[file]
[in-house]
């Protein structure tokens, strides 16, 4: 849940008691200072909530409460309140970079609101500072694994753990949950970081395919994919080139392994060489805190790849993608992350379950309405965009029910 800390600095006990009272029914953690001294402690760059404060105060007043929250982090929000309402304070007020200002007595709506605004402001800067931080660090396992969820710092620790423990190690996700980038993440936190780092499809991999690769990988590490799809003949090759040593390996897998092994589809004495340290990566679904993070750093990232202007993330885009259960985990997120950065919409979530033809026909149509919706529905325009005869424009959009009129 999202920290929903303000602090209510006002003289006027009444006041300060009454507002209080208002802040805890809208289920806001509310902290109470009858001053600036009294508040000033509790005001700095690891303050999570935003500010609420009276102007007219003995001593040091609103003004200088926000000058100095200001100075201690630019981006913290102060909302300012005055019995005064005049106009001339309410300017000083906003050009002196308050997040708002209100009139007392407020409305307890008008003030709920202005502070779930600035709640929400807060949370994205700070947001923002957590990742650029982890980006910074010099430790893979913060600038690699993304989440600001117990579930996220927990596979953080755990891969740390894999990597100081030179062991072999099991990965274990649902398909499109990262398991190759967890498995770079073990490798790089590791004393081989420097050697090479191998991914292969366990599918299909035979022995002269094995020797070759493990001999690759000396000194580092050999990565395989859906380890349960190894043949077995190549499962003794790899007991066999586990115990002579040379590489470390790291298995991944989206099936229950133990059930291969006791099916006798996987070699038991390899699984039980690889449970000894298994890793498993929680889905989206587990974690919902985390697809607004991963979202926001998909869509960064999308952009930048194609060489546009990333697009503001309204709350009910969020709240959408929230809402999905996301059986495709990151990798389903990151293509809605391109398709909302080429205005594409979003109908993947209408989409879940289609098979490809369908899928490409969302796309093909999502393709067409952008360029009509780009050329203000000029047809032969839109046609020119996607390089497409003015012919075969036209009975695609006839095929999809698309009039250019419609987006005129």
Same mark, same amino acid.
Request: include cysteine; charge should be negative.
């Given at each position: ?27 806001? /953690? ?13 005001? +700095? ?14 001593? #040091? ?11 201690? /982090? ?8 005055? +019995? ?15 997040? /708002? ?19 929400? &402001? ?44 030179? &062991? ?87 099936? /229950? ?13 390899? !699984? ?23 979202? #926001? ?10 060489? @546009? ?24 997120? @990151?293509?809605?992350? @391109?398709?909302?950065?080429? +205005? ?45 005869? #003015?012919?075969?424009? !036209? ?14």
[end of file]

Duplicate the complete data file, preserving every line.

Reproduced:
[in-house]
């Protein structure tokens, strides 16, 4: 849940008691200072909530409460309140970079609101500072694994753990949950970081395919994919080139392994060489805190790849993608992350379950309405965009029910 800390600095006990009272029914953690001294402690760059404060105060007043929250982090929000309402304070007020200002007595709506605004402001800067931080660090396992969820710092620790423990190690996700980038993440936190780092499809991999690769990988590490799809003949090759040593390996897998092994589809004495340290990566679904993070750093990232202007993330885009259960985990997120950065919409979530033809026909149509919706529905325009005869424009959009009129 999202920290929903303000602090209510006002003289006027009444006041300060009454507002209080208002802040805890809208289920806001509310902290109470009858001053600036009294508040000033509790005001700095690891303050999570935003500010609420009276102007007219003995001593040091609103003004200088926000000058100095200001100075201690630019981006913290102060909302300012005055019995005064005049106009001339309410300017000083906003050009002196308050997040708002209100009139007392407020409305307890008008003030709920202005502070779930600035709640929400807060949370994205700070947001923002957590990742650029982890980006910074010099430790893979913060600038690699993304989440600001117990579930996220927990596979953080755990891969740390894999990597100081030179062991072999099991990965274990649902398909499109990262398991190759967890498995770079073990490798790089590791004393081989420097050697090479191998991914292969366990599918299909035979022995002269094995020797070759493990001999690759000396000194580092050999990565395989859906380890349960190894043949077995190549499962003794790899007991066999586990115990002579040379590489470390790291298995991944989206099936229950133990059930291969006791099916006798996987070699038991390899699984039980690889449970000894298994890793498993929680889905989206587990974690919902985390697809607004991963979202926001998909869509960064999308952009930048194609060489546009990333697009503001309204709350009910969020709240959408929230809402999905996301059986495709990151990798389903990151293509809605391109398709909302080429205005594409979003109908993947209408989409879940289609098979490809369908899928490409969302796309093909999502393709067409952008360029009509780009050329203000000029047809032969839109046609020119996607390089497409003015012919075969036209009975695609006839095929999809698309009039250019419609987006005129």
Same mark, same amino acid.
Request: include cysteine; charge should be negative.
């Given at each position: ?27 806001? /953690? ?13 005001? +700095? ?14 001593? #040091? ?11 201690? /982090? ?8 005055? +019995? ?15 997040? /708002? ?19 929400? &402001? ?44 030179? &062991? ?87 099936? /229950? ?13 390899? !699984? ?23 979202? #926001? ?10 060489? @546009? ?24 997120? @990151?293509?809605?992350? @391109?398709?909302?950065?080429? +205005? ?45 005869? #003015?012919?075969?424009? !036209? ?14």